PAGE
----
Last month, Robert, our Director of Training and Curriculum Development, forwarded me four Team Respect Pledges to post on Changing The Game: The GLSEN Sports Project. I looked down to see that they were all from Walter Johnson High School in Bethesda, MD. Right down the road from my home in Montgomery County.
I soon learned the story behind these four pledges: Chris Murray, a straight teacher and coach at WJ is on a mission to get every single team at his school to take GLSEN's Team Respect Challenge. And he wants Walter Johnson to be the first school in the country to have 100% participation.
Take a look at this video that Chris made sharing his story and offering a challenge to you.
Will you step up and commit to getting the teams at YOUR school to take the challenge? I'll be looking up the coaches and administrators at my high school to ask them to step up. If you want be an advocate for respect in athletics, you can commit to working with your K-12 sports teams to take GLSEN's Team Respect Challenge. We'll follow up with you, providing resources and other materials so that together we can change the game.
And help us spread the word about the Team Respect Challenge. Share this blog post on your Facebook profile. Or tweet about it using #RespectChallenge and @glsen in your update.
It's here! We are excited to make the debut of Xelle's newest single, "Invincible." This inspiring song and touching video is sure to make your toes tap. I've already added it to my running playlist. Not only is it a great song, Xelle is generously donating proceeds from the single to GLSEN. We'll be putting that to work in our efforts to ensure schools are safe for every student, regardless of sexual orientation or gender identity/expression.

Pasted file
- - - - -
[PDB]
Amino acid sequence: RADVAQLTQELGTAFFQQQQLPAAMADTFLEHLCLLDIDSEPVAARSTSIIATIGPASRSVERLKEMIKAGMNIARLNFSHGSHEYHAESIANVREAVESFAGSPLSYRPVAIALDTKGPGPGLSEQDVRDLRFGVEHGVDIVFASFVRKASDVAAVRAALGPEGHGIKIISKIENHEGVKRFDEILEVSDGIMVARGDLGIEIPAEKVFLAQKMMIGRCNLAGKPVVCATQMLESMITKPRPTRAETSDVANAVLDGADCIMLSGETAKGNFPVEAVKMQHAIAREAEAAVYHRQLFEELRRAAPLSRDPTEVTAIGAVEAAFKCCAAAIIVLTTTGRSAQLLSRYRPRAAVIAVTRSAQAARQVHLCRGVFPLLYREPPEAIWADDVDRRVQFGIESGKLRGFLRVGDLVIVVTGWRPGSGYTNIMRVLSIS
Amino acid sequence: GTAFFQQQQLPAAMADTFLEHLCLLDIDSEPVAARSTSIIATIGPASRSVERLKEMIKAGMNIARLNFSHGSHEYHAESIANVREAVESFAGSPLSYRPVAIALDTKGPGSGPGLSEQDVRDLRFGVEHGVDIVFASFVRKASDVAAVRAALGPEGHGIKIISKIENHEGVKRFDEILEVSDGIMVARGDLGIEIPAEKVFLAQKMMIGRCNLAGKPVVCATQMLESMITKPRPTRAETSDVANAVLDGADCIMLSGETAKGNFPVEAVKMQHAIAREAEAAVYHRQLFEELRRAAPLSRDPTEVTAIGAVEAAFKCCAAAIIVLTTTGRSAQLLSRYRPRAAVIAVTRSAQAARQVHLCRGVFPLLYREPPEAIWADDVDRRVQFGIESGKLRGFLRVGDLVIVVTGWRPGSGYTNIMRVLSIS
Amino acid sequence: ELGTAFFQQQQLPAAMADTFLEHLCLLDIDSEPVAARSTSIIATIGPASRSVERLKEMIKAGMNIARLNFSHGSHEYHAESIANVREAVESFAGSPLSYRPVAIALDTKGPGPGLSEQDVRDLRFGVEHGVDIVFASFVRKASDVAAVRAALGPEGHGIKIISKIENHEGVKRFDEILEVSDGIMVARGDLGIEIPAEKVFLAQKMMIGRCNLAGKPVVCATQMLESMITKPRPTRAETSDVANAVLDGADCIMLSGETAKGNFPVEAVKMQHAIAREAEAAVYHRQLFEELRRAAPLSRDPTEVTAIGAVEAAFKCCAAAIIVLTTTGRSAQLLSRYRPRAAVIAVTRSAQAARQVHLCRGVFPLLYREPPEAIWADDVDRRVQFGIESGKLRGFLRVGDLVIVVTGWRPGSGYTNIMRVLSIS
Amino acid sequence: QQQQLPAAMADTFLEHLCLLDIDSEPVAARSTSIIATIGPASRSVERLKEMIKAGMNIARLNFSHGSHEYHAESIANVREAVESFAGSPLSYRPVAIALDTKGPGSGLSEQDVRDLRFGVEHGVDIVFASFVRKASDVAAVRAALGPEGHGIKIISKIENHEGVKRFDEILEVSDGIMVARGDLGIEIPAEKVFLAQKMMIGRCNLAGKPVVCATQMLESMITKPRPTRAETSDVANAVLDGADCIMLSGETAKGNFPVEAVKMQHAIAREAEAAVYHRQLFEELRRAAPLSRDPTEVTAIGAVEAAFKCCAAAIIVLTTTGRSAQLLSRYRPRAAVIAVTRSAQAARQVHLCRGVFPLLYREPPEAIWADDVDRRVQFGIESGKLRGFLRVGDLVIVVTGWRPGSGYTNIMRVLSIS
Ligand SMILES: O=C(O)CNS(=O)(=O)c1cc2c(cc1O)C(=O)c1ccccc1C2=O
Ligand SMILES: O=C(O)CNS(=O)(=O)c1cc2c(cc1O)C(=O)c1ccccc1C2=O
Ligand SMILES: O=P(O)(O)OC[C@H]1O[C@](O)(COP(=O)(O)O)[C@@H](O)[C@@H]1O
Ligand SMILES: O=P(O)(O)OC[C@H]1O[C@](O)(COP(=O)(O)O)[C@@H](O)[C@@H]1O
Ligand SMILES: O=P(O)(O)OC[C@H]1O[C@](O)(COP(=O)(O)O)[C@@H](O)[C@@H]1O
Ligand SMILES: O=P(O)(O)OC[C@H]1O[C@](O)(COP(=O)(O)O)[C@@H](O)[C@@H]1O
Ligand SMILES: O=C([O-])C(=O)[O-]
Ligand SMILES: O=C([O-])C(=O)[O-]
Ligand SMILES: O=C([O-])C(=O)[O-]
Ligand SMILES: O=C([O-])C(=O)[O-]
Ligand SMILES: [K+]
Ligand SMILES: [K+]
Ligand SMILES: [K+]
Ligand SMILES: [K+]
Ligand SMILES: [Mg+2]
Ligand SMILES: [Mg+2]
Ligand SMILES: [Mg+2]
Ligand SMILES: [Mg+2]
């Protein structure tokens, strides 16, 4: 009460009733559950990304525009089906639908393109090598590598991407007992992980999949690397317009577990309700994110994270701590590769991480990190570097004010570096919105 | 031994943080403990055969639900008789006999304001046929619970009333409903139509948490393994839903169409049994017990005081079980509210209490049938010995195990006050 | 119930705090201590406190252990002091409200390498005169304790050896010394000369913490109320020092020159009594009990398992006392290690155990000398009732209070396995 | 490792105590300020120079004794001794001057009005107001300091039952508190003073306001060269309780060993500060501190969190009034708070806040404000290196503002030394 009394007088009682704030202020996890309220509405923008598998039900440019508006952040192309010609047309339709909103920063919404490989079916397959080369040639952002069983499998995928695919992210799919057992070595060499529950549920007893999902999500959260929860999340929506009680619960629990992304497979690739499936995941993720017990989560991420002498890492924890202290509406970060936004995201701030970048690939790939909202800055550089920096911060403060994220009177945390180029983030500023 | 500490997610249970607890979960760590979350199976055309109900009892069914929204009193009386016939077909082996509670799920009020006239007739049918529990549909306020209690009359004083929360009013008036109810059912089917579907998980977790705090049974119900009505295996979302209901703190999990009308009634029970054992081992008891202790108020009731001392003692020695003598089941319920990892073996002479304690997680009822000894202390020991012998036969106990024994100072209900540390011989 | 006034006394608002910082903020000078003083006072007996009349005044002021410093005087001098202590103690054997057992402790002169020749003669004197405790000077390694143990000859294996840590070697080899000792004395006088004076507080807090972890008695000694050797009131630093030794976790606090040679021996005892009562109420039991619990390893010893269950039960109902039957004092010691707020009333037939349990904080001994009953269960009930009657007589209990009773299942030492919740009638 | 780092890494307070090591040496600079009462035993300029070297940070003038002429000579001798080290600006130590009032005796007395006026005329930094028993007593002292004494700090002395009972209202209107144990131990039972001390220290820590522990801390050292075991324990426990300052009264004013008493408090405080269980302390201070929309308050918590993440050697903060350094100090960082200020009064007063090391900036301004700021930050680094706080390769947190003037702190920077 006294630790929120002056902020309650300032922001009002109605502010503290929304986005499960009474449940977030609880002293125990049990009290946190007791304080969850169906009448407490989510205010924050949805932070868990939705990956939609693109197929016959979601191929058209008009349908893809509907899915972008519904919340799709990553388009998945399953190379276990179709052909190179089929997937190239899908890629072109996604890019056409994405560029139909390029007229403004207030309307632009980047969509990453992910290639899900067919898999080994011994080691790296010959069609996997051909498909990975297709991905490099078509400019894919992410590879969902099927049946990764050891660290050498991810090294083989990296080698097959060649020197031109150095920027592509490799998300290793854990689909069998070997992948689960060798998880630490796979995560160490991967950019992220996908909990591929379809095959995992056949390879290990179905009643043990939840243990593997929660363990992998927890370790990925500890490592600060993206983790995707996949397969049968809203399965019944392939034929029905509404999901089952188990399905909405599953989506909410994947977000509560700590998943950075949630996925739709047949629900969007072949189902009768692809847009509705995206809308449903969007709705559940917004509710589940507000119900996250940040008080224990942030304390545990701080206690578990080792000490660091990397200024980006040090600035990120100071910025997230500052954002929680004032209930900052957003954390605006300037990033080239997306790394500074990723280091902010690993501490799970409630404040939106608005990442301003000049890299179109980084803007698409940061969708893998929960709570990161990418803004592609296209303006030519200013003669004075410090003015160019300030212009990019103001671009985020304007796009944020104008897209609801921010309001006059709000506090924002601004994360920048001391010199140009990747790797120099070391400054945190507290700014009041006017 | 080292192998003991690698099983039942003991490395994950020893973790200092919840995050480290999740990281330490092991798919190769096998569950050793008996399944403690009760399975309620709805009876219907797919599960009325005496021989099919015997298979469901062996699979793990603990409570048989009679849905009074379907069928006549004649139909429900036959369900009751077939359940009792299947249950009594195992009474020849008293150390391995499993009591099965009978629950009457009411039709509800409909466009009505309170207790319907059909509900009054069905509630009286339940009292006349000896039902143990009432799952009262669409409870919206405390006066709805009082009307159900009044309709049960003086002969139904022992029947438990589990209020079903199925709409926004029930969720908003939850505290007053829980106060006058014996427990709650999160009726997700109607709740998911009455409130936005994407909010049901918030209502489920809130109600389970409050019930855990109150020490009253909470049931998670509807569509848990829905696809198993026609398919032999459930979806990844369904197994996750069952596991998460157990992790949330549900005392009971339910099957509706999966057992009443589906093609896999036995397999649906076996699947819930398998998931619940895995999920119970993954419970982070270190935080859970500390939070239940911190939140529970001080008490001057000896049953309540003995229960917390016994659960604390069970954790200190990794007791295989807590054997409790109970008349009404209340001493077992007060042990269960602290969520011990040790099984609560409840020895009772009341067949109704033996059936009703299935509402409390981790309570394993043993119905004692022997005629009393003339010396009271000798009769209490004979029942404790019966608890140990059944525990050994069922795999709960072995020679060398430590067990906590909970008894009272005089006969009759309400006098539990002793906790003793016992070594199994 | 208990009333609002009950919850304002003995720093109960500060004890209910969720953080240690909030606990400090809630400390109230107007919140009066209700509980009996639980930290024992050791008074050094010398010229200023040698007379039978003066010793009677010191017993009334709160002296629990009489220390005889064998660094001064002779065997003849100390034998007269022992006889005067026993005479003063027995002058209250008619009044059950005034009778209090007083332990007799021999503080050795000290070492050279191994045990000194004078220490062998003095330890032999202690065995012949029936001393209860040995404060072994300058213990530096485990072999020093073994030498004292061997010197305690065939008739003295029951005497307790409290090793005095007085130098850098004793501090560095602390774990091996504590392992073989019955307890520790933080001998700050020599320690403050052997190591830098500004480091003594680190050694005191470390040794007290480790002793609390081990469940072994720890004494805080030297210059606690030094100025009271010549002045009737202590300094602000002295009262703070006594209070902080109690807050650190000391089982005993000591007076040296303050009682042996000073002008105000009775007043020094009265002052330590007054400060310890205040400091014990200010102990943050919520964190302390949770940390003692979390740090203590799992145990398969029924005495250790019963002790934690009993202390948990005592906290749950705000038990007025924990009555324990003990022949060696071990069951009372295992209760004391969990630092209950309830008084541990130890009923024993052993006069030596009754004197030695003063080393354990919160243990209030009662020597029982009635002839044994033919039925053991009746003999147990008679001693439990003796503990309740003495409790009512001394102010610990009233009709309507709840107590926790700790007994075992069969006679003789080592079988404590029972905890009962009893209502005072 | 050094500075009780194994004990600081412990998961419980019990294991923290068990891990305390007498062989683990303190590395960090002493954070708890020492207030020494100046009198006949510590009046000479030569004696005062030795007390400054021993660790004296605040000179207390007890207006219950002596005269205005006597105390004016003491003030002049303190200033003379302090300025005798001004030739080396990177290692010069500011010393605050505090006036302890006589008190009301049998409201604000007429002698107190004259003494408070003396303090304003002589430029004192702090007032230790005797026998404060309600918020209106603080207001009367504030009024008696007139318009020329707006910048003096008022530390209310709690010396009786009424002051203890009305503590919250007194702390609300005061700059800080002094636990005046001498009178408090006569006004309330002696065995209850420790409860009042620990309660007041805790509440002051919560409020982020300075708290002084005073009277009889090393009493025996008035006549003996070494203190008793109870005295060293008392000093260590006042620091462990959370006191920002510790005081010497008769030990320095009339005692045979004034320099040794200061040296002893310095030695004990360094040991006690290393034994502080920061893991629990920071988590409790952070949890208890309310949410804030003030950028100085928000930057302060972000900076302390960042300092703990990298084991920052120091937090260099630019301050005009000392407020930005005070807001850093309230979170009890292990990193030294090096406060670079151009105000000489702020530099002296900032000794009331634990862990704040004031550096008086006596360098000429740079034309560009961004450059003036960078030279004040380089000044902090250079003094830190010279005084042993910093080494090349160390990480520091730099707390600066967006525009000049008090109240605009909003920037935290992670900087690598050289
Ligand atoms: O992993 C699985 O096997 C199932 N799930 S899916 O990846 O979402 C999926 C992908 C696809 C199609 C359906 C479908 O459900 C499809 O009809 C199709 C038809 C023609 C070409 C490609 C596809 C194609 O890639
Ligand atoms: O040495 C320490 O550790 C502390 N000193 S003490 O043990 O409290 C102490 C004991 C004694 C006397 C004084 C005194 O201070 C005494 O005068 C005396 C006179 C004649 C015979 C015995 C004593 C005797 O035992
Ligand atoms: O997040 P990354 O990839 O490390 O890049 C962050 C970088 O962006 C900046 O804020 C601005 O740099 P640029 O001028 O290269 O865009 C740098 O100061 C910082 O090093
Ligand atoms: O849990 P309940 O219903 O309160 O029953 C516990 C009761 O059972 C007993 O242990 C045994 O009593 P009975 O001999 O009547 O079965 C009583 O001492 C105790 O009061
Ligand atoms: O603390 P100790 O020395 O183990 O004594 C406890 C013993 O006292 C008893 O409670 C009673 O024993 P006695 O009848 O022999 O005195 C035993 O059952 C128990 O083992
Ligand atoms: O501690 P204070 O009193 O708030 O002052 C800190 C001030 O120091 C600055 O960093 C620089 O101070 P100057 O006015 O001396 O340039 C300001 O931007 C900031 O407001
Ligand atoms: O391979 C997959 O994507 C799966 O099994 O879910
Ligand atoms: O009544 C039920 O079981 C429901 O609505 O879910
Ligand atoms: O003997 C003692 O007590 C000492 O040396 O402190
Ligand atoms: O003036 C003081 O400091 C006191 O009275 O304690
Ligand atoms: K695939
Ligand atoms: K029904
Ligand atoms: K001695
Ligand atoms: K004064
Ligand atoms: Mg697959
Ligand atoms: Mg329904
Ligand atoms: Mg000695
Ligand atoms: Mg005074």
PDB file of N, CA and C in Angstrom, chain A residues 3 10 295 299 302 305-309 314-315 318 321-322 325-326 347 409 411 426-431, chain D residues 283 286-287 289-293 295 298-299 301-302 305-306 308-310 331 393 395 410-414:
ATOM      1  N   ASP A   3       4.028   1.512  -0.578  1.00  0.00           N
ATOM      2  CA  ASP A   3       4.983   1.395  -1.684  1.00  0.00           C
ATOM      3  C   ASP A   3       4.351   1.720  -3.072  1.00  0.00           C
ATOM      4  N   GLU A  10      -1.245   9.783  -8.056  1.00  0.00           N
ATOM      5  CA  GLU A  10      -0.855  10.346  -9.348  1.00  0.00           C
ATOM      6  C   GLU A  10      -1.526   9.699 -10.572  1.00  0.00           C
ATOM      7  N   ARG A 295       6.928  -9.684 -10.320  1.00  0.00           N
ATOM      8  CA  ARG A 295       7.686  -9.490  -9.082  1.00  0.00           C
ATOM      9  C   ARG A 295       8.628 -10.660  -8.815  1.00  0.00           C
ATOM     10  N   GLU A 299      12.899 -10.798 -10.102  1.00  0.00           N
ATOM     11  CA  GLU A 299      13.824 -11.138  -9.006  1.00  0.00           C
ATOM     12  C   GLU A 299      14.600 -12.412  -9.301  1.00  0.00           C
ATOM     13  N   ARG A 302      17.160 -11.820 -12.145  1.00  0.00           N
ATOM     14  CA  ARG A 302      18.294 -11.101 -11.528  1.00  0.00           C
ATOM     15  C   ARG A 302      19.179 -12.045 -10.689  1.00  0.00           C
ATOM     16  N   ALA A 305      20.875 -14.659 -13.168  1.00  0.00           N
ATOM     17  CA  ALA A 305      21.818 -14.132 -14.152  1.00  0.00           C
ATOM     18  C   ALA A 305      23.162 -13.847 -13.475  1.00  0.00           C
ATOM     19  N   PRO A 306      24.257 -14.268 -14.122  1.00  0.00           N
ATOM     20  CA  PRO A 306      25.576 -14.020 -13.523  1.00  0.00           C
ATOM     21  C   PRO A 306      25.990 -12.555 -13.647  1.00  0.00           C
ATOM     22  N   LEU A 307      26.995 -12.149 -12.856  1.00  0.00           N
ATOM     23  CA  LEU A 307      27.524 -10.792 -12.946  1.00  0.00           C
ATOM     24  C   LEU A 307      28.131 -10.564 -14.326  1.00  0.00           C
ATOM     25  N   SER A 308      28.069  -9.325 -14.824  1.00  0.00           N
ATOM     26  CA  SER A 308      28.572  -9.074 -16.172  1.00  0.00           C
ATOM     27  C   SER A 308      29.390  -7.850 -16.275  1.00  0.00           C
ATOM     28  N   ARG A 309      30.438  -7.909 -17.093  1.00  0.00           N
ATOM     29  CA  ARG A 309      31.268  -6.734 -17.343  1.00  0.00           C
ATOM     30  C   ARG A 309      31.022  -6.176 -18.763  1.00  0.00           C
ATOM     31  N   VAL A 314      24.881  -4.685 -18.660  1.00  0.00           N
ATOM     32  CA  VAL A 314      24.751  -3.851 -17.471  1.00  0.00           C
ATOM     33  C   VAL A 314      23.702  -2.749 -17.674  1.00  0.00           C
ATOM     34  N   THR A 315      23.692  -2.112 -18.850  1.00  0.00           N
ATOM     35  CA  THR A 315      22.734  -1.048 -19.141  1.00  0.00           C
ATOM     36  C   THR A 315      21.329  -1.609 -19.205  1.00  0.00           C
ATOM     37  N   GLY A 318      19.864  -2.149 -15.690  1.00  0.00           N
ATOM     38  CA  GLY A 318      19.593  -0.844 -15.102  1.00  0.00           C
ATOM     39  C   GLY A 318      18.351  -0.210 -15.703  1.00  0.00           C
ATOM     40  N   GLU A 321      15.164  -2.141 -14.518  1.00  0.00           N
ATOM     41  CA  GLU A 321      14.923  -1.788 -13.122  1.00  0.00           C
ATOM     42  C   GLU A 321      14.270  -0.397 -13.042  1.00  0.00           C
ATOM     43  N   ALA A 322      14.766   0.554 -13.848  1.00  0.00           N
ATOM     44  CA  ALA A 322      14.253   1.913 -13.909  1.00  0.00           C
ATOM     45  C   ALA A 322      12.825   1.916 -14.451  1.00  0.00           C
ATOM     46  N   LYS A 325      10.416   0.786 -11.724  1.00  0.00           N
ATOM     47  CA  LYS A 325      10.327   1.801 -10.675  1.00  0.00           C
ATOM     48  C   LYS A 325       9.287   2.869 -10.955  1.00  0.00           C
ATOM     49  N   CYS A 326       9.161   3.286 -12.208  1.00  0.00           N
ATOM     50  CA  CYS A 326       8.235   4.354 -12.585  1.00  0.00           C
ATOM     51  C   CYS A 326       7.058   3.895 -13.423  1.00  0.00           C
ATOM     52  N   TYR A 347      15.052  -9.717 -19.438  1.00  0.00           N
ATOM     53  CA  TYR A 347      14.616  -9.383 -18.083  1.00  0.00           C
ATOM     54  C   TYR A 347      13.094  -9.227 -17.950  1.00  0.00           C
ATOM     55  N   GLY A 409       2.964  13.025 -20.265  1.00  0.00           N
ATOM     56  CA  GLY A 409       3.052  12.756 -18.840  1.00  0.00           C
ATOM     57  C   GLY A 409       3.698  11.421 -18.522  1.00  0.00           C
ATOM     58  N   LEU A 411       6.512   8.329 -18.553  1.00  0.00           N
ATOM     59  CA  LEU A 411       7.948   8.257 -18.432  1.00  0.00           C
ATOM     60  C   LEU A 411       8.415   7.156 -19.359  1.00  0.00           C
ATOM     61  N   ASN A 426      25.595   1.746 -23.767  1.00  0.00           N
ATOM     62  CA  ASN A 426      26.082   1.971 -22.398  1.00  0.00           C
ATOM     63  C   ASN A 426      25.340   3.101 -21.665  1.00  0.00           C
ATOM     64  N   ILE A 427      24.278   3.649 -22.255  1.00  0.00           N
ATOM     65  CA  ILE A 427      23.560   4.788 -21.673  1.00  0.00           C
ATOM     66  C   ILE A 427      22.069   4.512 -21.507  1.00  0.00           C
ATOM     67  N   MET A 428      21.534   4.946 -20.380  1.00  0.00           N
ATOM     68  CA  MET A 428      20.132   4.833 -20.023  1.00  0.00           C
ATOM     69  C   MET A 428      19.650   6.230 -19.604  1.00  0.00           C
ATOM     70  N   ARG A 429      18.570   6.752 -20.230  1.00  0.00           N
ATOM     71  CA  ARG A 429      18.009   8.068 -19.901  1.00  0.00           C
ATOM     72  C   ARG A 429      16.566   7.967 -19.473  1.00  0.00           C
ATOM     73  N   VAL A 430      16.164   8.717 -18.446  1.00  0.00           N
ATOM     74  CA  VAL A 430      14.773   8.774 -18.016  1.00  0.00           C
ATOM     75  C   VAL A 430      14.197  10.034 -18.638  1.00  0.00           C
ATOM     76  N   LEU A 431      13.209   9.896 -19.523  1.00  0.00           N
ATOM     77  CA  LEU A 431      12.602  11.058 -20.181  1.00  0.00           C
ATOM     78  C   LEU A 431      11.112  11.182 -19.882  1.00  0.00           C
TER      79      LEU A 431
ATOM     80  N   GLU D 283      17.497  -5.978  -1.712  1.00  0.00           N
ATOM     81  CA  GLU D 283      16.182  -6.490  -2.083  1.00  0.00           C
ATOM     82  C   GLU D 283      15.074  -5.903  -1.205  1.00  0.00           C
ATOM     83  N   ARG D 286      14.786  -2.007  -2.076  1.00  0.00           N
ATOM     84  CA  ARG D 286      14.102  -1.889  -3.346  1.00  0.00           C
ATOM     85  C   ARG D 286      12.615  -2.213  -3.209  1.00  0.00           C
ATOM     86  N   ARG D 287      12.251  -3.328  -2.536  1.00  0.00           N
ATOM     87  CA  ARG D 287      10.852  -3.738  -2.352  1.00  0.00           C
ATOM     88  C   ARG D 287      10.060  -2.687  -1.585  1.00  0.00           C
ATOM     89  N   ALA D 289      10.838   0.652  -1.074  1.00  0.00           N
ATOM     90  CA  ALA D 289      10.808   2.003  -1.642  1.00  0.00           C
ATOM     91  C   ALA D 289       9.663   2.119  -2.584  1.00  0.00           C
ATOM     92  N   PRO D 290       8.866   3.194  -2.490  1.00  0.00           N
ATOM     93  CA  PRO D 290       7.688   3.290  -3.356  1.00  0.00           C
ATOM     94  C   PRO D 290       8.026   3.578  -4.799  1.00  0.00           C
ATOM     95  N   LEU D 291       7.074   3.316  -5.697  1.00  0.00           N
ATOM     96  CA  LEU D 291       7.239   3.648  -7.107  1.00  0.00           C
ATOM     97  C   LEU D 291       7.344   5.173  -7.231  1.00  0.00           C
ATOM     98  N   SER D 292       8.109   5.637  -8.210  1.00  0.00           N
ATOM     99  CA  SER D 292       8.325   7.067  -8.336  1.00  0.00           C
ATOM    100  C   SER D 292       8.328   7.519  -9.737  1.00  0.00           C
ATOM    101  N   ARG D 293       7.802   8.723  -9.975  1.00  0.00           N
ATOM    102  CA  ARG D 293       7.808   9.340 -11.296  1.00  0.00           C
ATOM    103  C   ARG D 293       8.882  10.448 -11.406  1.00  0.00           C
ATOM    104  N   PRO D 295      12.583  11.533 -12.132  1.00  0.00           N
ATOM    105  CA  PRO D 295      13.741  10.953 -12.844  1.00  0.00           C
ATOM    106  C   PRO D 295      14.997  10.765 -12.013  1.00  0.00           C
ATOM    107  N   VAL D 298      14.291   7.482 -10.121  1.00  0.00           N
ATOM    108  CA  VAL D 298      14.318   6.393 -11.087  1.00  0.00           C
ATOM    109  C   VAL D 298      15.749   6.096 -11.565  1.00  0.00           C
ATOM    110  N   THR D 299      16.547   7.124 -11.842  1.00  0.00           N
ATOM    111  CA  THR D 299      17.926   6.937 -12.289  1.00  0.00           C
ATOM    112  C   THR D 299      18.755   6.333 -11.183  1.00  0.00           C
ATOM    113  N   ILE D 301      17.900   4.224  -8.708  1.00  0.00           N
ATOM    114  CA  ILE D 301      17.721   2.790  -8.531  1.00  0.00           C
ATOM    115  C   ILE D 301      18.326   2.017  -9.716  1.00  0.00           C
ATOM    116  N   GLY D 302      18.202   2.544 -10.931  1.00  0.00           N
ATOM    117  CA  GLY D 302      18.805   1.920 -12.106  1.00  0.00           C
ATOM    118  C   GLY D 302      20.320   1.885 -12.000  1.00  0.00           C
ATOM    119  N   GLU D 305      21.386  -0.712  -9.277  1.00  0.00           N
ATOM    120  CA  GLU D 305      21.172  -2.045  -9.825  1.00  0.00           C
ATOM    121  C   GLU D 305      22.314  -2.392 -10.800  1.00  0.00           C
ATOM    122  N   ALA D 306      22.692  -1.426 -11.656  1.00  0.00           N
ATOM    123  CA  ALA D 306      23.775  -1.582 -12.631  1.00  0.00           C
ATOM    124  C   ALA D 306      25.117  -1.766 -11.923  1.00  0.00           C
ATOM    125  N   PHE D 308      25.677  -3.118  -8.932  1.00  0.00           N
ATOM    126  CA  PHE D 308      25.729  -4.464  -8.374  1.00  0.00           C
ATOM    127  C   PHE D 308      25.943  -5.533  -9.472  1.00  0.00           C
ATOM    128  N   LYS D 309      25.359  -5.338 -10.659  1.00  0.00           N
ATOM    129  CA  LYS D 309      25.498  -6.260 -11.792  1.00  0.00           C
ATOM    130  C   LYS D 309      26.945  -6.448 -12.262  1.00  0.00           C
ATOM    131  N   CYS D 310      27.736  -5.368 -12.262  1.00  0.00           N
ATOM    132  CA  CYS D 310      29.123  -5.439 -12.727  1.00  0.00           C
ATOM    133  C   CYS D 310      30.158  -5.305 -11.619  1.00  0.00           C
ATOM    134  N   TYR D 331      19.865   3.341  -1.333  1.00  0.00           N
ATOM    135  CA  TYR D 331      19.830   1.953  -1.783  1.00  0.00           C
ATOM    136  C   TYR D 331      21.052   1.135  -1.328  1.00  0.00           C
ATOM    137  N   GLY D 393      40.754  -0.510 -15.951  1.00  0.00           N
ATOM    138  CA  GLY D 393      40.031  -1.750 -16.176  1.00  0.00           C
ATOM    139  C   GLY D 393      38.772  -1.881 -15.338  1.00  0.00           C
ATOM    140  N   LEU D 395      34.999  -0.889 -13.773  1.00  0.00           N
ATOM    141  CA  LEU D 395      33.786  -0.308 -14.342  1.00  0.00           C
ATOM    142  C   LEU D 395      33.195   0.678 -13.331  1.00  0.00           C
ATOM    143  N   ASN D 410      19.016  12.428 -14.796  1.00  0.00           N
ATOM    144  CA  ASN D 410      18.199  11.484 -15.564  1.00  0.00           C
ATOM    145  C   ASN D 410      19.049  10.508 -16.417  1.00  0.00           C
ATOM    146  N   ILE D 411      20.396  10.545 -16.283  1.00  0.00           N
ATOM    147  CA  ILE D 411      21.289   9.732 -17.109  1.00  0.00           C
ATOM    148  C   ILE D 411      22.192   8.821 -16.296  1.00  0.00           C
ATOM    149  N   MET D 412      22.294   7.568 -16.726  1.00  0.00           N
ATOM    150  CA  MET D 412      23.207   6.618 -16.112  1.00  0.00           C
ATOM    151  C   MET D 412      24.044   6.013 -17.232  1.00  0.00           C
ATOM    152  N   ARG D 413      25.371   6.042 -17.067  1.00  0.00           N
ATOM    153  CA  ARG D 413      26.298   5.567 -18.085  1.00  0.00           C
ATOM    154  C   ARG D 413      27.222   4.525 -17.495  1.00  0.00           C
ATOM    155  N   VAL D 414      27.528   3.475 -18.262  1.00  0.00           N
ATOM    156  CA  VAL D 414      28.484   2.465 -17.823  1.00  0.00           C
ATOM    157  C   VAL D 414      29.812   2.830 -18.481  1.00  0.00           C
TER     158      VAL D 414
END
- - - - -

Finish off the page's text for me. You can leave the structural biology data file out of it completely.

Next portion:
The message of respect and self-love resonates throughout this video. Take a look!
You can buy the single on iTunes.
We want to know: What makes you invincible?
Let us know in the comments below!
“As a student whose life was saved by GLSEN's work, I thank you from the bottom of my heart for standing with us.”
Numbers are often so important in our work. Numbers from our research, at the heart of everything we do at GLSEN, document the collective experience of LGBT youth, inform our programs and demonstrate how our work is making a real difference in thousands of school districts every day. Numbers also help us track our progress towards our yearly goals, and give us a sense of how engaged people are in our work.
So I of course was overjoyed when I saw that 5,000 people signed our thank you message to Grazie Media last week, when Grazie Media did not bow to anti-LGBT pressure to pull our "Think B4 You Speak" PSAs from its JumboTron outside the Super Bowl, and made sure the message of respect was heard at the epicenter of America’s largest annual media event.
I’m thrilled that more than 70,000 people heard that message on-site at the Super Bowl, and millions more were part of the online dialogue sparked by Grazie Media’s decision – all of them hearing a message that could have a lasting impact in the lives of LGBT youth.
In return, we spoke as one in huge numbers to show an ally that they would find overwhelming support in doing the right thing.
But there’s a deeper story behind all those numbers, and it came through from the 166th person to sign our thank you message.
“As a student whose life was saved by GLSEN's work, I thank you from the bottom of my heart for standing with us.”
I am fortunate to be able to travel the country in my job and hear from youth and educators whose lives are in a better place because of something as simple as seeing a GLSEN Safe Space Sticker or joining a Gay-Straight Alliance or having a coach suggest their team take GLSEN’s Team Respect Challenge.